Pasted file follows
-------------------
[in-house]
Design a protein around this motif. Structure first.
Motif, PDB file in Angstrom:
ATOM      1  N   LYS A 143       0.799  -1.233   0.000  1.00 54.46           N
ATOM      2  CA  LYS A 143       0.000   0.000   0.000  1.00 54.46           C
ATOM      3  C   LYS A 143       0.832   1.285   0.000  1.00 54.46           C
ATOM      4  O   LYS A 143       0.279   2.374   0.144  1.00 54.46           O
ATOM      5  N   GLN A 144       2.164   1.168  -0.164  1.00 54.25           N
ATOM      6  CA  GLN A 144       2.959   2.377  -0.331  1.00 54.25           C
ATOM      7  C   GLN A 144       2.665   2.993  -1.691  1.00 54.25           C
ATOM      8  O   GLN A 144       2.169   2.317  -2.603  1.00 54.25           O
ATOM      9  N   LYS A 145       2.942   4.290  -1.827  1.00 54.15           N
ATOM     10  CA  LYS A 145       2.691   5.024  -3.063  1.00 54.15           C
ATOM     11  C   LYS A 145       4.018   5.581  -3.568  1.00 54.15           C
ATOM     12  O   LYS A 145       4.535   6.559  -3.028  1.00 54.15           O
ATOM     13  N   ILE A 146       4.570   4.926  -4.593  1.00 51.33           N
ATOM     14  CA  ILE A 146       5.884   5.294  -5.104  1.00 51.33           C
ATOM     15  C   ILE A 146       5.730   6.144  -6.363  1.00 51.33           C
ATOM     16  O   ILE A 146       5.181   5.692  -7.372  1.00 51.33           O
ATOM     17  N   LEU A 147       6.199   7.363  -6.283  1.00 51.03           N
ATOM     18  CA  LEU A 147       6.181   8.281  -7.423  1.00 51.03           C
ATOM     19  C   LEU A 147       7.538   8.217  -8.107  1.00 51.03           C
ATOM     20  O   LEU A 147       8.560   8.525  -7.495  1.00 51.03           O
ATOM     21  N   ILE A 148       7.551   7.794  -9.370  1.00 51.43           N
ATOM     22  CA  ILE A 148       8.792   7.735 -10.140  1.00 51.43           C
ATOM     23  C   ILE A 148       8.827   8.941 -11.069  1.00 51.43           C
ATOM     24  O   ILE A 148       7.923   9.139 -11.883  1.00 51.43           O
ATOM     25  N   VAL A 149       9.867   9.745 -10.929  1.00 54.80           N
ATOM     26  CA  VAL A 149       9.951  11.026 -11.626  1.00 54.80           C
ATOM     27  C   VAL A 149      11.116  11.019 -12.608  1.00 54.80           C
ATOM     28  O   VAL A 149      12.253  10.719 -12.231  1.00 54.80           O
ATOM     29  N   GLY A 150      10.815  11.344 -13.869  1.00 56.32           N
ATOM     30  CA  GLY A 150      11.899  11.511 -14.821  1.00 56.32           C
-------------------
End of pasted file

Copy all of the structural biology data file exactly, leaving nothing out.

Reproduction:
[in-house]
Design a protein around this motif. Structure first.
Motif, PDB file in Angstrom:
ATOM      1  N   LYS A 143       0.799  -1.233   0.000  1.00 54.46           N
ATOM      2  CA  LYS A 143       0.000   0.000   0.000  1.00 54.46           C
ATOM      3  C   LYS A 143       0.832   1.285   0.000  1.00 54.46           C
ATOM      4  O   LYS A 143       0.279   2.374   0.144  1.00 54.46           O
ATOM      5  N   GLN A 144       2.164   1.168  -0.164  1.00 54.25           N
ATOM      6  CA  GLN A 144       2.959   2.377  -0.331  1.00 54.25           C
ATOM      7  C   GLN A 144       2.665   2.993  -1.691  1.00 54.25           C
ATOM      8  O   GLN A 144       2.169   2.317  -2.603  1.00 54.25           O
ATOM      9  N   LYS A 145       2.942   4.290  -1.827  1.00 54.15           N
ATOM     10  CA  LYS A 145       2.691   5.024  -3.063  1.00 54.15           C
ATOM     11  C   LYS A 145       4.018   5.581  -3.568  1.00 54.15           C
ATOM     12  O   LYS A 145       4.535   6.559  -3.028  1.00 54.15           O
ATOM     13  N   ILE A 146       4.570   4.926  -4.593  1.00 51.33           N
ATOM     14  CA  ILE A 146       5.884   5.294  -5.104  1.00 51.33           C
ATOM     15  C   ILE A 146       5.730   6.144  -6.363  1.00 51.33           C
ATOM     16  O   ILE A 146       5.181   5.692  -7.372  1.00 51.33           O
ATOM     17  N   LEU A 147       6.199   7.363  -6.283  1.00 51.03           N
ATOM     18  CA  LEU A 147       6.181   8.281  -7.423  1.00 51.03           C
ATOM     19  C   LEU A 147       7.538   8.217  -8.107  1.00 51.03           C
ATOM     20  O   LEU A 147       8.560   8.525  -7.495  1.00 51.03           O
ATOM     21  N   ILE A 148       7.551   7.794  -9.370  1.00 51.43           N
ATOM     22  CA  ILE A 148       8.792   7.735 -10.140  1.00 51.43           C
ATOM     23  C   ILE A 148       8.827   8.941 -11.069  1.00 51.43           C
ATOM     24  O   ILE A 148       7.923   9.139 -11.883  1.00 51.43           O
ATOM     25  N   VAL A 149       9.867   9.745 -10.929  1.00 54.80           N
ATOM     26  CA  VAL A 149       9.951  11.026 -11.626  1.00 54.80           C
ATOM     27  C   VAL A 149      11.116  11.019 -12.608  1.00 54.80           C
ATOM     28  O   VAL A 149      12.253  10.719 -12.231  1.00 54.80           O
ATOM     29  N   GLY A 150      10.815  11.344 -13.869  1.00 56.32           N
ATOM     30  CA  GLY A 150      11.899  11.511 -14.821  1.00 56.32           C